Who was Amos?
Amos was a shepherd (1:1) and a keeper of Sycamore trees (7:14). He was not the son of a prophet and was not formally trained for the office. He was a member of the southern kingdom, but prophesied over northern Israel.
What can you say of the city of Tekoa?
Tekoa was a small city 6 miles southeast of Bethlehem. It is on the edge of a desert area and land was primarily used for feeding flocks rather than agriculture. The city was built by Rehoboam for the defense of Judah (2 Chr 11:5-6).
What the date of his prophecy?
The prophecy dates from the early 8th century, dueing the reign of Uzziah, king of Judah, and Jeroboam 2, the king of Israel. Amos was called to prophecy two years before “the earthquake”. The details concerning the “great earthquake” are unknown, but Zech 14:5 mentions that the return of Christ will trigger a similar one.
What the occasion of the prophecies?
The prophecy was written during a period of prosperity and peace for both Israel and Judah. However, the prophecies from this time indicate the poor were poorly treated, and crime, corruption, and immorality was increasing.
What was the outline of his writing?
- Judgments Against Israel’s Neighbors (1-2)
- Judgments Against Israel (3-6)
- Visions of Future Judgment (7-9)
What was the subject of this discourse and what was the meaning of “Jehovah will roar from Zion”?
This is a quote from Joel 3:16 – “The Lord also shall roar out of Zion, and utter his voice from Jerusalem…” There, the LORD is described as the Lion of Judah in His victorious return for His people. Here, he is roaring in judgment against Israel’s neighbors AND against Israel.
What the meaning of the phrase, “For three transgressions. . . . yea, for four,” introducing the denunciations of the nations?
The LORD is indicting the sinful gentiles in their sins. He is stating that he has a multitude of witnesses to testify against them. The statement “three … yea, four…” is used several times in scripture as a poetic device to emphasize a large plurality.
What the meaning of “I will send a fire, etc.” used so frequently in these denunciations?
Fire is often used as a symbol of God’s anger in his judgment (Dt. 32:22).
What is the charge against Syria here denounced and how was it fulfilled?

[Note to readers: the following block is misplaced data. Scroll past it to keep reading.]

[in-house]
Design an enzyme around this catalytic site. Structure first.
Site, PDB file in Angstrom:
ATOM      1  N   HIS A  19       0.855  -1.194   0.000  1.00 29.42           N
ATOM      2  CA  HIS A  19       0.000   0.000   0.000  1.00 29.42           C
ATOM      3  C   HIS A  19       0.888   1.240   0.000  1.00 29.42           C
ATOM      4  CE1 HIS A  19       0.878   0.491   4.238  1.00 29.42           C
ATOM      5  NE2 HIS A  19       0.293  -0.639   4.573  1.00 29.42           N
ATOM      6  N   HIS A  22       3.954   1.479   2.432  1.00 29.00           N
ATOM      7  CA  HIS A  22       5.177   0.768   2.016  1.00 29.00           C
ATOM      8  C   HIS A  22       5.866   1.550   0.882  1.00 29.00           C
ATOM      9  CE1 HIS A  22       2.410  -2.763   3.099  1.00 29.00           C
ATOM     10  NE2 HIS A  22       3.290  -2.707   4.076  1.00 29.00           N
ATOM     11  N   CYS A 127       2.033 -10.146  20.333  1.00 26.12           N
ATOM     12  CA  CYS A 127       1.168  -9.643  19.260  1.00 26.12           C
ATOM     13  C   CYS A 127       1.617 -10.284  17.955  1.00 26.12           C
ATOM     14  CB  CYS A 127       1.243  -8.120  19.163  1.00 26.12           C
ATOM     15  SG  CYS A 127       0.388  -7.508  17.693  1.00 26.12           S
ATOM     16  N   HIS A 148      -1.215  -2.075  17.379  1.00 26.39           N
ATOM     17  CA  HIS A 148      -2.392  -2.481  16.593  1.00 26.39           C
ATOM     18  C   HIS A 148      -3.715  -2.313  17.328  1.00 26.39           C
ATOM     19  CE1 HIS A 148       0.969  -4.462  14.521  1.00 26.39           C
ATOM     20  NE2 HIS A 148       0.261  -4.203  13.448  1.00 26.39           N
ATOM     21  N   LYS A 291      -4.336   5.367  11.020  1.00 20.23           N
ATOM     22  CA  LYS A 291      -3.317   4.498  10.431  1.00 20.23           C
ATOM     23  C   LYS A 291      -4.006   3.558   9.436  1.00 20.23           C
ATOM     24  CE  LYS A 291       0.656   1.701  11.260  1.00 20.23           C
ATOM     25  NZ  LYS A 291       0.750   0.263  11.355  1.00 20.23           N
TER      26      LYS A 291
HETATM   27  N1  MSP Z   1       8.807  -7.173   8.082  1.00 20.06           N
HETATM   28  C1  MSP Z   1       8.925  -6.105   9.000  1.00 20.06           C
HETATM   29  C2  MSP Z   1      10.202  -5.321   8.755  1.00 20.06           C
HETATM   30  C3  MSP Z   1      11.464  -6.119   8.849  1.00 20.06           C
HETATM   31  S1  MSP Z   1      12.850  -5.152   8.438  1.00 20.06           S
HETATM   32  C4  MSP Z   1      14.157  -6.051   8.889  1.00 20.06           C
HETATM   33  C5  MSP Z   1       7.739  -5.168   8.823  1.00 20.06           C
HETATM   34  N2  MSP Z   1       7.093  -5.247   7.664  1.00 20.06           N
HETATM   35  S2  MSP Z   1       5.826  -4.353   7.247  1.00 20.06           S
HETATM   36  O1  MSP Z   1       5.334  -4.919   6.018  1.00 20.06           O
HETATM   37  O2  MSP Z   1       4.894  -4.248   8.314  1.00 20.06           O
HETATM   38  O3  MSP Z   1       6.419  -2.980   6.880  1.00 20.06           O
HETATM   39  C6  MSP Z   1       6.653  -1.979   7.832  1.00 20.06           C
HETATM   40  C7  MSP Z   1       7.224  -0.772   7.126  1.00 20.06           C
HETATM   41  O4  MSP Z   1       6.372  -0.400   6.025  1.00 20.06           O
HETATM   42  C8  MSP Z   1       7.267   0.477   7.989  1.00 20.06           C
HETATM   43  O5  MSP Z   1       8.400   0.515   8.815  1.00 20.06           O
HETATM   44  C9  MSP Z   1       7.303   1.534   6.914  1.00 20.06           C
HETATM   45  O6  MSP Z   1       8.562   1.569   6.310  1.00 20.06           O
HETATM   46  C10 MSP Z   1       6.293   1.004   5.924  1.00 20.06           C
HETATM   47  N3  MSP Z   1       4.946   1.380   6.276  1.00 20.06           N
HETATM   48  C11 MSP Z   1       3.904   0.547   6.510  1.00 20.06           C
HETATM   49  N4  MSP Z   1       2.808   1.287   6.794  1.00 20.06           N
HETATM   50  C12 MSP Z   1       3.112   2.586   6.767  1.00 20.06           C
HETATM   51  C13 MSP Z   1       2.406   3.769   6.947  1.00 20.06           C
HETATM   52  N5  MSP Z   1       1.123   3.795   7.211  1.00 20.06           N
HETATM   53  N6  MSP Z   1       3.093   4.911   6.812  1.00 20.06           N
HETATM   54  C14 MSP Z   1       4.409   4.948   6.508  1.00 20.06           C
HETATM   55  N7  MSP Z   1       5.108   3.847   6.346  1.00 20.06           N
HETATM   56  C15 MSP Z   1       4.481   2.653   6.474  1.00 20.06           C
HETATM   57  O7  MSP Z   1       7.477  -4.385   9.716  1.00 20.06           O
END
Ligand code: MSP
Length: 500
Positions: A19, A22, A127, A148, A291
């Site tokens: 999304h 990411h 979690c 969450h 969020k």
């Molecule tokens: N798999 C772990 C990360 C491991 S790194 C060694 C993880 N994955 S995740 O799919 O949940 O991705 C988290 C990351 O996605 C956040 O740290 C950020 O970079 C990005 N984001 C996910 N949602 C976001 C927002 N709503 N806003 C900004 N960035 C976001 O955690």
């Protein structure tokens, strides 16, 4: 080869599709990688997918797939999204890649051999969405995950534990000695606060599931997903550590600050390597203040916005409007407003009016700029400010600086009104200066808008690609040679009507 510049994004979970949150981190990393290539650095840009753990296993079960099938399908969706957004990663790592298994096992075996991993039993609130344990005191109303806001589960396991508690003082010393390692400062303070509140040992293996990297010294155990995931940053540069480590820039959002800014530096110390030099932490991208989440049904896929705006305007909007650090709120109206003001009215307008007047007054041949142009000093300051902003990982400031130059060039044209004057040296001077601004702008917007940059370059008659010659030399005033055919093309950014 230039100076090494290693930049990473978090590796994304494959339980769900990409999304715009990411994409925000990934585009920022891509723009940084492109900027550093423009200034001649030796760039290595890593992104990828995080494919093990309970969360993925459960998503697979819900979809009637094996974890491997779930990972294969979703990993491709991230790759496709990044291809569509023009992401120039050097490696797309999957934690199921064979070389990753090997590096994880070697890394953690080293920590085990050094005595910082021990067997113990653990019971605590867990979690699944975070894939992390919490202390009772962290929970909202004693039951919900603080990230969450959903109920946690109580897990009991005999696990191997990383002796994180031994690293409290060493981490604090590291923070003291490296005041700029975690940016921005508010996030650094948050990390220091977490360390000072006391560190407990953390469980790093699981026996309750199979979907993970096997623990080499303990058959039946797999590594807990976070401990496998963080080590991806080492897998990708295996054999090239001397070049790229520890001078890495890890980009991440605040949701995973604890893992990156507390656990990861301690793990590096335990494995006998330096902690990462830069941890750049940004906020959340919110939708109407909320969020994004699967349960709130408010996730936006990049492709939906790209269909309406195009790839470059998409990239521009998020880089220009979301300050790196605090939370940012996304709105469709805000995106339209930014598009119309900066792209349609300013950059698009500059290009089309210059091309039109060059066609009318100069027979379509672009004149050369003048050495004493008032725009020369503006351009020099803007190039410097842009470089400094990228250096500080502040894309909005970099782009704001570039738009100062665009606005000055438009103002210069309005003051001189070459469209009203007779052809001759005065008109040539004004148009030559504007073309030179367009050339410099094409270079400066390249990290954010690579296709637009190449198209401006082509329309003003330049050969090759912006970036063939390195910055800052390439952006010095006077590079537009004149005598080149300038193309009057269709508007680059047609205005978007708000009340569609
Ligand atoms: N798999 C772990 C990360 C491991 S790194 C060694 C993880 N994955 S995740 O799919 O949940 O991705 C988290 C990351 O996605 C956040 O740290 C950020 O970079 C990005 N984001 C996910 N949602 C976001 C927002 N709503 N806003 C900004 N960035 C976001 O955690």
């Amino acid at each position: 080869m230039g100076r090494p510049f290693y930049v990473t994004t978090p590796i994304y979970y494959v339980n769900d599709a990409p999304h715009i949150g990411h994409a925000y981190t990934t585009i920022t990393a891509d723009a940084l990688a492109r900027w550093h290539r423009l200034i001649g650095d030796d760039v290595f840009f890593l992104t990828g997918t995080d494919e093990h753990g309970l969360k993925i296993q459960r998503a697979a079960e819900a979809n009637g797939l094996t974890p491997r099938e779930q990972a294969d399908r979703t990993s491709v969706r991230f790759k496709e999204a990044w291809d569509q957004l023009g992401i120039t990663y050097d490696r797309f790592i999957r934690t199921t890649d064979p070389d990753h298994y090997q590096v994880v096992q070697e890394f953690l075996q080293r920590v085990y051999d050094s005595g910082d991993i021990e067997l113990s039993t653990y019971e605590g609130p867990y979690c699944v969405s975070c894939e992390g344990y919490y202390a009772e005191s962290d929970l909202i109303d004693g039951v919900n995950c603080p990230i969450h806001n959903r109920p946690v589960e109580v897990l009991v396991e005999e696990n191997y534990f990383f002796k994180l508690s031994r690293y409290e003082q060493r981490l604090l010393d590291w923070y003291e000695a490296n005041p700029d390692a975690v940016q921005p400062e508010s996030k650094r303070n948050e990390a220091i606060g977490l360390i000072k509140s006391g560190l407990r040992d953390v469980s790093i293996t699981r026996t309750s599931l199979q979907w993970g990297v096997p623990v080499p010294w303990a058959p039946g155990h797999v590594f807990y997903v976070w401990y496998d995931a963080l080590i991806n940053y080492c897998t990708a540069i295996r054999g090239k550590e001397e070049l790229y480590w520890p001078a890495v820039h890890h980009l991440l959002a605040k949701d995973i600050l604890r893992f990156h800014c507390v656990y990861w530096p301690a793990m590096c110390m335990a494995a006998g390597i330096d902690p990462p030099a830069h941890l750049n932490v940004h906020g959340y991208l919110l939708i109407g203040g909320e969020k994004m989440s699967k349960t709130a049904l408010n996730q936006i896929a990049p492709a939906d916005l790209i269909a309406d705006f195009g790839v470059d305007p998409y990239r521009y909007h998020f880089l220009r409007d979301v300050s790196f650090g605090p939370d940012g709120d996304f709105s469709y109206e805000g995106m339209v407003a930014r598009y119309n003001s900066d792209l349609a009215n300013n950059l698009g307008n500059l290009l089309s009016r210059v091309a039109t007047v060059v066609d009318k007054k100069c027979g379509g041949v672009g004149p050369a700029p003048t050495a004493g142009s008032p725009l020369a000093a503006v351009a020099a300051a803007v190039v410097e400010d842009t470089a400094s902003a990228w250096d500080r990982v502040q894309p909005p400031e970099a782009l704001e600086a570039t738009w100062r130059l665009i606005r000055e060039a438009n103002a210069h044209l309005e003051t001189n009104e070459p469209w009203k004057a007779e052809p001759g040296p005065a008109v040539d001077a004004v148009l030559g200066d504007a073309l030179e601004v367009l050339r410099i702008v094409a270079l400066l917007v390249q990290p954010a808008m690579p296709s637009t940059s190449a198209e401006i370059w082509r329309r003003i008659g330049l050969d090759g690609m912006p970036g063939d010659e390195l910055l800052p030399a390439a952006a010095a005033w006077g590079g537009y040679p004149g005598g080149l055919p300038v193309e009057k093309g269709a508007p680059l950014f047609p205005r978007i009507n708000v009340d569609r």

2 Kings 10:32-33 records how Hazael, King of Syria (capital in Damascus), began conquering the eastern parts of the Israelite Kingdom. The land east of the Jordan River is called Gilead and was occupied by Gad, Reuben, and Manasseh. The prophecy is that the Syrians would be exiled (by the Assyrians) to northeast Mesopotamia (2 Ki 16:9).
What the charge preferred against Philistia, what the judgment denounced and when fulfilled?
The charge against the Philistines (4 of 5 major Philistine cities named) was that they carried “a whole people” into captivity – an event lost to history. The destruction of Philistine cities was conducted by Egyptians, Assyrians, and Greeks.
What the charge against Phoenicia and when was the judgment fulfilled?
Tyre was a city of commerce and participated in the slave trade. The reference to the “brotherly covenant” may refer to a covenant between Tyre and Soloman (1 Ki 5:12), or it may refer generally to brotherly love. Tyre eventually became a tributary of Assyria and was later conquered by Babylon (Nebuchadnezzar). It was destroyed by Alexander the Great in 322 BC.
What was the charge against Edom and when was the judgment fulfilled?
The LORD charges Edom with hatred and lack of pity for his brother Jacob (Israel). The specific events referred to here are not specified, but were probably well known to Amos’s hearers. The cities of Edom (Bozrah and Teman) were captured by Nebuchadnezzar on his conquest of Egypt.
What was the charge against Ammon and when was the judgment fulfilled?
Ammon (descendant of Lot) was charged with cruelty to the people of Gilead. This is perhaps tied to the cruelties of Syrian King Hazael (2 Ki 8:7-13), who afflicted the Israelites that dwelt east of the Jordan (see comments on prophecy against Syria above). The goal of the Ammonites was to enlarge their borders, and in their cruelty, they did not even spare pregnant women. The fire on the walls of the capital city will be accompanied by the shouts of a victorious conquering army and the capture of Ammon’s king. The destruction will be like that left from a whirlwind. This was, again, accomplished by the conquest of Nebuchadnezzar as he marched toward Egypt.
What the charge preferred against Moab, what the judgment denounced and when was it fulfilled?
The charge against Moab is that he defilled the remains of the king of Edom when the two nations were at war. Second Kings 3:7-9,26 hints at a ferocious war between the two nations in which Judah and Israel sided with Edom. The prophecy here is that the people, chief city, and judges will be destroyed in war. This was accomplished by Nebuchadnezzar in his campaign that stretched to Egypt.
In these prophecies, Amos considers the gross and violent sins of the Israel’s surrounding neighbors. In the next post, we’ll consider what Amos prophesies against God’s people, beginning with Judah, then considering Israel.